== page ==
St. Paul’s Sugar Hill: A Story of Biological Diversity, Pioneer History, Murder, and Nature Trails

Native Red Columbine along the Cliff Trail. Look up to catch these spring beauties.
Native Red Columbine along the Cliff Trail. Look up to catch these spring beauties.

As travelers pass by the small town of St. Paul, Virginia, on Alternate Route 58, they may notice a fairly large blue and white sign announcing “Hiking/Biking.” I drove by this sign at least a hundred times before I bothered to stop, assuming that the wayside was a small town park with a playground and paved walking path. Imagine my surprise when I was finally introduced to eight miles of maintained trails and frequent information stations threaded through a hundred acres of woodlands and meadows.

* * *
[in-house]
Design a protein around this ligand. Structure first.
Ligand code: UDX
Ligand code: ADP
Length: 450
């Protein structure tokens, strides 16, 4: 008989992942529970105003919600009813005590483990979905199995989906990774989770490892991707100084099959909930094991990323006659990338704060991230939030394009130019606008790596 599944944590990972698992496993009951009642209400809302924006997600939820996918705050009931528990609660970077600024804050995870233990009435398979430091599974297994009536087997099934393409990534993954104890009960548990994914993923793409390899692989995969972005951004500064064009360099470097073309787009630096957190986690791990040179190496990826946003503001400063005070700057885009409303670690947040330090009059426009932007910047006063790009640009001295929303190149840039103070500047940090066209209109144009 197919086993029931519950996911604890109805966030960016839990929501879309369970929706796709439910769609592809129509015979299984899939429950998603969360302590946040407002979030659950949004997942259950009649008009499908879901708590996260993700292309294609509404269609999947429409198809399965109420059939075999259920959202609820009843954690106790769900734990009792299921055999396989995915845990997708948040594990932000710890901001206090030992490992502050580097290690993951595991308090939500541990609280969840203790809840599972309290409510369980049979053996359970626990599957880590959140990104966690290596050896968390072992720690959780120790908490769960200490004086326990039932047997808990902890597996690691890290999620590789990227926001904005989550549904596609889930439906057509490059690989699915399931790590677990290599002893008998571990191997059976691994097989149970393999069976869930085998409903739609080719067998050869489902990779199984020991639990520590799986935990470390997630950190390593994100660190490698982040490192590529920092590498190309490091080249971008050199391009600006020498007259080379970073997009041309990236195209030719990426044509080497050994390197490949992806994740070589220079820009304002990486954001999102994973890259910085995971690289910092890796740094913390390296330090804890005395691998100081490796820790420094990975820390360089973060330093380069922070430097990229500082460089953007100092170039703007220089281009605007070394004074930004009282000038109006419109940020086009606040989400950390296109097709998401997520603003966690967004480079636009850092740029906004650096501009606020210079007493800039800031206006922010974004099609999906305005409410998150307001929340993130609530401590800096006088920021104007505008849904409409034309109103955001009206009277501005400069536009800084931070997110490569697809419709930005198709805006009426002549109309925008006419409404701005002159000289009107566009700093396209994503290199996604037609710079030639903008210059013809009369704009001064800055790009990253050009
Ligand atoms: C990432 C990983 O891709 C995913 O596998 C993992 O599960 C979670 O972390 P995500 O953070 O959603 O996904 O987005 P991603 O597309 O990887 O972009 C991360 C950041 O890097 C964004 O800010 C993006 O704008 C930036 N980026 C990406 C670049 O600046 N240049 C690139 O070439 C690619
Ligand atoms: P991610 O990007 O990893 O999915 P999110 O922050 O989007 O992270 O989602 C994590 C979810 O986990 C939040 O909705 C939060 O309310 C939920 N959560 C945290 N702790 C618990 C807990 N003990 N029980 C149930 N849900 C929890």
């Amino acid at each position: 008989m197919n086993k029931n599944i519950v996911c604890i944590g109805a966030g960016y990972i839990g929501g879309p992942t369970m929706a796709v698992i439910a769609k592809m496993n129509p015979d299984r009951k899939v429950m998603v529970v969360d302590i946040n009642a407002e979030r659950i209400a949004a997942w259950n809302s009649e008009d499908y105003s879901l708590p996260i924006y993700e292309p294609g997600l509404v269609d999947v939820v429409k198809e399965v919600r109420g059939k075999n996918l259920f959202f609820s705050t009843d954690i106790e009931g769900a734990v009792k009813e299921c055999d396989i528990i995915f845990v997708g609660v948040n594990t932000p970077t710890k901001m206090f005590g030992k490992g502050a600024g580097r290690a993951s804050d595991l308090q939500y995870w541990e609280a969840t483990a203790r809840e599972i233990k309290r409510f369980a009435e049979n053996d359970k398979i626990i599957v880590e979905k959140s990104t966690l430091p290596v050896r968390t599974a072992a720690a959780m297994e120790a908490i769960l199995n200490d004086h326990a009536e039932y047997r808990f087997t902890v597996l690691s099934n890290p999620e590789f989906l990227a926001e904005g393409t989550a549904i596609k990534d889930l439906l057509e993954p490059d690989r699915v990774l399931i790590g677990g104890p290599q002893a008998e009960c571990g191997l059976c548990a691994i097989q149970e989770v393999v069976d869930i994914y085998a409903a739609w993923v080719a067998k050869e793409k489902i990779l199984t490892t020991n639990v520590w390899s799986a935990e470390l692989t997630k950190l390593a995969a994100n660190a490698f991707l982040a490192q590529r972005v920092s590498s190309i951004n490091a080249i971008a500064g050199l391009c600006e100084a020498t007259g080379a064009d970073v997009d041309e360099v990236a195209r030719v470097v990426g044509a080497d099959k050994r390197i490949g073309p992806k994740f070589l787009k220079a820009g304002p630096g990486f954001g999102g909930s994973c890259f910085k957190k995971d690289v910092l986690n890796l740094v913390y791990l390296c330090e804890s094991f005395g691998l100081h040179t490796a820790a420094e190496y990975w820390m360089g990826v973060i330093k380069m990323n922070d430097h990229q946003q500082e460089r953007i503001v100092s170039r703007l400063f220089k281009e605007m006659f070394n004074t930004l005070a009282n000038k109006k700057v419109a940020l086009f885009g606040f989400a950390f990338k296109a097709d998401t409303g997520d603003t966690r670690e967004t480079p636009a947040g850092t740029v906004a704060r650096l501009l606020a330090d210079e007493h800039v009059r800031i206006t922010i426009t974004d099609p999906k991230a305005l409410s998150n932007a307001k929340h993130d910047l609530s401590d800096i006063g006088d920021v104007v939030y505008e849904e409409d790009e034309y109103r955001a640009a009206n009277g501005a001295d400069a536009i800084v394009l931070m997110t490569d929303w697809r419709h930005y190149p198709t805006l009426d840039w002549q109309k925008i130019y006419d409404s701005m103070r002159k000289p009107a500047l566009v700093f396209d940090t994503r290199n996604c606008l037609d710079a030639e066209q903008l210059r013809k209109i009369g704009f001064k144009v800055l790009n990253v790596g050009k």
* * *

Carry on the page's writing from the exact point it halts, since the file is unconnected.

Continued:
Sugar Hill’s paths wind over hill and dale, following a giant sweeping curve of the scenic Clinch River and showcasing our area’s astounding natural heritage and intriguing history. As icing on the cake, the town’s adjoining Oxbow Trail is the entryway to Sugar Hill. The trail encircles a lake created in the 1970s after large floods swept through the town of St. Paul. To prevent further flooding, the river was shortened, bypassing the town and leaving behind easy to develop land in a flood-free zone. The mile-long, graveled Oxbow Trail loops around the lake and provides a great warm up or cool down walk when combined with the more natural trails of Sugar Hill. Together, the trails offer exercise, solitude, and natural beauty to all who hike or pedal there.

A Profusion of Life